Year of the Rat: Where to Celebrate in Melbourne

Fireworks, feasts and fiery beasts take over Melbourne as part of the Lunar New Year Festival.

Lunar New Year celebrations are rooted in thousands of years of custom and tradition, and in Melbourne—a city with a rich Chinese and Asian heritage—the festivities tend to spill over the city in a rush of sight, sound, smell, colour and performance.

Melbourne Lunar New Year Festival launch.

From 25 January—the official date of Chinese New Year in 2020—the city streets from Queensbridge Square to Southgate, South Wharf to Docklands will become alive with light installations, street performances, outdoor food stalls, exquisite traditional clothing and acrobatic lion dances. The festivities will continue until 9 February.

Lunar New Year dance performance at Melbourne Museum.

One of the most impressive spectacles of the festival will take place in Chinatown on 2 February, when Chinatown will erupt in stunning hues of red and gold for the official Chinatown Chinese New Year Festival. The spectacular centrepiece of this event is the Melbourne Dai Loong Dragon Parade. Beginning in the heart of Chinatown at 11.30pm, the Dai Loong—Melbourne’s big dragon—will weave its way towards the CBD in a shimmying line of colour, music and dance. Outside of this main event, the Chinatown precinct will be overrun with lion dancing performances, cultural performances and street calligraphy demonstrations led by a veritable master of the craft.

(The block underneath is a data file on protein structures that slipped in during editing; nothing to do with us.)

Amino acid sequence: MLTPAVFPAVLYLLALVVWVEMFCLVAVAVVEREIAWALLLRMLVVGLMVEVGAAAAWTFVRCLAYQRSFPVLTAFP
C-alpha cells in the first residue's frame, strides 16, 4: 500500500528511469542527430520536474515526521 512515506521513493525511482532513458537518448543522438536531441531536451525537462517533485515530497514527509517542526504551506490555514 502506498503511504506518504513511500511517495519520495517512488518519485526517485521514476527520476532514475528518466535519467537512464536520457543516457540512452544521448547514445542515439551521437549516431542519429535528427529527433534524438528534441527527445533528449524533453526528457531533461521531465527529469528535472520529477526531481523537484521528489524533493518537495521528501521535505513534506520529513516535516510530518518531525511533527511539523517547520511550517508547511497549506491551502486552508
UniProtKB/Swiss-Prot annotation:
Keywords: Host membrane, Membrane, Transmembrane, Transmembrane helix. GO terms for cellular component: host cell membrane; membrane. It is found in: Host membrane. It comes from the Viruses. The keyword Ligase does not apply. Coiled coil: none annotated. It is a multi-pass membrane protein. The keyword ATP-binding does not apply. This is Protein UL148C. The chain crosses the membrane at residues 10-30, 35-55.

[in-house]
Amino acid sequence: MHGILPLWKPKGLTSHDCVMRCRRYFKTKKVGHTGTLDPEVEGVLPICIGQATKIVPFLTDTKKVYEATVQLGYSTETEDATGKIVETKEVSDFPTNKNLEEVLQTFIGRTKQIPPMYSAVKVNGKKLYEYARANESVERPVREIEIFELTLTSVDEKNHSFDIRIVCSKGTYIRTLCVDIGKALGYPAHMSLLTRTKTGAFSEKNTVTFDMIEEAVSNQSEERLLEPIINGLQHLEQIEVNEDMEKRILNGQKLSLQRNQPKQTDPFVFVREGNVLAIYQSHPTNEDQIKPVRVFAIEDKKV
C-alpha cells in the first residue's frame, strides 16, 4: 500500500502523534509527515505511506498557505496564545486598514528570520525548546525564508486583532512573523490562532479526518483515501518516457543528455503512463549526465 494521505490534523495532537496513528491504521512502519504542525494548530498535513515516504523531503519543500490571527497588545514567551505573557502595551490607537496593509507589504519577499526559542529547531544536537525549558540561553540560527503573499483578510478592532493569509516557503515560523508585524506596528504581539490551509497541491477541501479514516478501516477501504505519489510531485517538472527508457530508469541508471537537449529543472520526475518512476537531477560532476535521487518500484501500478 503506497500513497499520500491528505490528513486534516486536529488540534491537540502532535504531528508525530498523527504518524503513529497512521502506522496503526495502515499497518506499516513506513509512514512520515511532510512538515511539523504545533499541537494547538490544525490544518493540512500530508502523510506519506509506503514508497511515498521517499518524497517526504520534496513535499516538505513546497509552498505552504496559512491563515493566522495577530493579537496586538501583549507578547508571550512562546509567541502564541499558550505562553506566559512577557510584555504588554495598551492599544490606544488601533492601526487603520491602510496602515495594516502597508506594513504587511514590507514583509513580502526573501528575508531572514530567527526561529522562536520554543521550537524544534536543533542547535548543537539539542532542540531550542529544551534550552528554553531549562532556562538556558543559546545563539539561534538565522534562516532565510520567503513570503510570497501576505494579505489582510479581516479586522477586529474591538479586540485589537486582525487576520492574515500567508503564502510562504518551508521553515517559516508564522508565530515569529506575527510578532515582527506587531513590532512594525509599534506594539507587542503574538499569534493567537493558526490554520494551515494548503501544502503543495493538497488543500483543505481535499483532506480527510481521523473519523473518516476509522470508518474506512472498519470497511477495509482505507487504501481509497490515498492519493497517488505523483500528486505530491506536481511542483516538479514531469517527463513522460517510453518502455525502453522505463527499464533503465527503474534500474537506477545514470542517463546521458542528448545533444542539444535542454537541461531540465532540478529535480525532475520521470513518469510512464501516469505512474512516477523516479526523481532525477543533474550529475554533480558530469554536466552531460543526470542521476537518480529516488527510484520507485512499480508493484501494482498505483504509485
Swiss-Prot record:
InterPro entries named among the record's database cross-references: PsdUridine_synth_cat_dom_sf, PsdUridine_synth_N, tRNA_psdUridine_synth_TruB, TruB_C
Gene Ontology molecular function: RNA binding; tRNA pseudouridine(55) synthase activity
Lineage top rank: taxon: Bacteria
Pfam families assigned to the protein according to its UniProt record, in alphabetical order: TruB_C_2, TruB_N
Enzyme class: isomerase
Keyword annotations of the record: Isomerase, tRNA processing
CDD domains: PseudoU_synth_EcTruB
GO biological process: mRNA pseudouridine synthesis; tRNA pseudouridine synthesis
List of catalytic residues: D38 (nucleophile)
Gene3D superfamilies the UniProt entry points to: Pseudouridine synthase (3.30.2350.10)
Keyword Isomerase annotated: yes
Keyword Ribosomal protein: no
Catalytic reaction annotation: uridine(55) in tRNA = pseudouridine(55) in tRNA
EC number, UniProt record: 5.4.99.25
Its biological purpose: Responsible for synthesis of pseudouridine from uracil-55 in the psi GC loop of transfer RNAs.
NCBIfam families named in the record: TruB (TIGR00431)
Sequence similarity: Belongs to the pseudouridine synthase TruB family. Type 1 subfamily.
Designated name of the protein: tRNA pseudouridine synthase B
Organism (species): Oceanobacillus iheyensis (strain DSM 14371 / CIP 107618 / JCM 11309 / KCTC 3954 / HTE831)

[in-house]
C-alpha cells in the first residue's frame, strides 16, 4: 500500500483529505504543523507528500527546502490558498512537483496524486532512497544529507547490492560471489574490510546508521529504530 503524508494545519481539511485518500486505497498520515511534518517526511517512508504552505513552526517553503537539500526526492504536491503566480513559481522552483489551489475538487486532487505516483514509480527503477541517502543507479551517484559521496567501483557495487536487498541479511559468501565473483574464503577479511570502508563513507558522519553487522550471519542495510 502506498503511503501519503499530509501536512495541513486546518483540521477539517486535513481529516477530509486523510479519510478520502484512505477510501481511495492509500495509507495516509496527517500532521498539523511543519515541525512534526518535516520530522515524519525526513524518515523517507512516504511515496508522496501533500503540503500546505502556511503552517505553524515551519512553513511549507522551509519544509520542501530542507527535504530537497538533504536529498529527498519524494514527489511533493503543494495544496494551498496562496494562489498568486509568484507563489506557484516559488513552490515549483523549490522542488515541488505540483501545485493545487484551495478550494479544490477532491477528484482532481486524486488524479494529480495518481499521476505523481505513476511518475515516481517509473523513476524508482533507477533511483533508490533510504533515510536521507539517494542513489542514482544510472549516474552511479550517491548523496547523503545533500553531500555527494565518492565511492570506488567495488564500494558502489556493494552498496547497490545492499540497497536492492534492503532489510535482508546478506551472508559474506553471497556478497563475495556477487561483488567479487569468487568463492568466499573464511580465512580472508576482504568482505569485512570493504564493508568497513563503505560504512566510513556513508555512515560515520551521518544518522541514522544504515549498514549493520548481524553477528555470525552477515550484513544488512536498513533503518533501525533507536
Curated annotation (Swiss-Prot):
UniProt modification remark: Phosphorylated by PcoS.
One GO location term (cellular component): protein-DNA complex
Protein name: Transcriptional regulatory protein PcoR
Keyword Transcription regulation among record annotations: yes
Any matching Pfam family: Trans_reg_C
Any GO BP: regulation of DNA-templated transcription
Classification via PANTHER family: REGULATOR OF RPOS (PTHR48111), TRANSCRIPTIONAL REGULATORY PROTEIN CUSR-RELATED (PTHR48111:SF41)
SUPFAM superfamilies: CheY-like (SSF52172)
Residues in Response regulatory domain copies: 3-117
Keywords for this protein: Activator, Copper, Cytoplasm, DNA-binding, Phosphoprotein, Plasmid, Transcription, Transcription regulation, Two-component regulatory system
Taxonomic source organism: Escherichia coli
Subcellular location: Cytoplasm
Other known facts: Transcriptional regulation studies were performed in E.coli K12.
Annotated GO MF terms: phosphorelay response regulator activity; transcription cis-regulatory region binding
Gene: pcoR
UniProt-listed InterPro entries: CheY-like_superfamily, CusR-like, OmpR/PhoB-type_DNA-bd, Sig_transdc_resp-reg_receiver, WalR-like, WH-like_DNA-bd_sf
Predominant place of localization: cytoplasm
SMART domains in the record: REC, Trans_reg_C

Dragon Boat Regatta, Melbourne.

No Lunar New Year celebration would be complete without feasting. Take care to make several pitstops at the hawker stalls selling all kinds of traditional sweet and savoury delicacies.